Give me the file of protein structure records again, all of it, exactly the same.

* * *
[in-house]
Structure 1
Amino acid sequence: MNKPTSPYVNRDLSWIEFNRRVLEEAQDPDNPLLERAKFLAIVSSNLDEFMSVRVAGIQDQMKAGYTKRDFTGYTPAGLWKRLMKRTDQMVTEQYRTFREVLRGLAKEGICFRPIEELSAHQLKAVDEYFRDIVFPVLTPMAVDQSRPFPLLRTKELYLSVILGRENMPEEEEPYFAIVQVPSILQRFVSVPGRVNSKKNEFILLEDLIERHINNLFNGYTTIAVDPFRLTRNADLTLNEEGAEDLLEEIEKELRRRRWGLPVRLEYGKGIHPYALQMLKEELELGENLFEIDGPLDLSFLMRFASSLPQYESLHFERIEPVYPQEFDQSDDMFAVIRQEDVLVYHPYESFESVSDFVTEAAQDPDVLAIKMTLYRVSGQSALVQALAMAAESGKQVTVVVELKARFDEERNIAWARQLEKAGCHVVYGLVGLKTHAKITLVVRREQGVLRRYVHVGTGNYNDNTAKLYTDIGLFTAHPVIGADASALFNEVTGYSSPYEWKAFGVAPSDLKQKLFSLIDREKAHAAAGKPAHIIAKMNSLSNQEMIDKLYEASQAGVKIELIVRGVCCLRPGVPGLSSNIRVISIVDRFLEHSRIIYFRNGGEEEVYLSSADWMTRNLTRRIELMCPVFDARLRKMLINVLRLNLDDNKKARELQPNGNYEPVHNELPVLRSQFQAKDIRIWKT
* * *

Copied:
[in-house]
Structure 1
Amino acid sequence: MNKPTSPYVNRDLSWIEFNRRVLEEAQDPDNPLLERAKFLAIVSSNLDEFMSVRVAGIQDQMKAGYTKRDFTGYTPAGLWKRLMKRTDQMVTEQYRTFREVLRGLAKEGICFRPIEELSAHQLKAVDEYFRDIVFPVLTPMAVDQSRPFPLLRTKELYLSVILGRENMPEEEEPYFAIVQVPSILQRFVSVPGRVNSKKNEFILLEDLIERHINNLFNGYTTIAVDPFRLTRNADLTLNEEGAEDLLEEIEKELRRRRWGLPVRLEYGKGIHPYALQMLKEELELGENLFEIDGPLDLSFLMRFASSLPQYESLHFERIEPVYPQEFDQSDDMFAVIRQEDVLVYHPYESFESVSDFVTEAAQDPDVLAIKMTLYRVSGQSALVQALAMAAESGKQVTVVVELKARFDEERNIAWARQLEKAGCHVVYGLVGLKTHAKITLVVRREQGVLRRYVHVGTGNYNDNTAKLYTDIGLFTAHPVIGADASALFNEVTGYSSPYEWKAFGVAPSDLKQKLFSLIDREKAHAAAGKPAHIIAKMNSLSNQEMIDKLYEASQAGVKIELIVRGVCCLRPGVPGLSSNIRVISIVDRFLEHSRIIYFRNGGEEEVYLSSADWMTRNLTRRIELMCPVFDARLRKMLINVLRLNLDDNKKARELQPNGNYEPVHNELPVLRSQFQAKDIRIWKT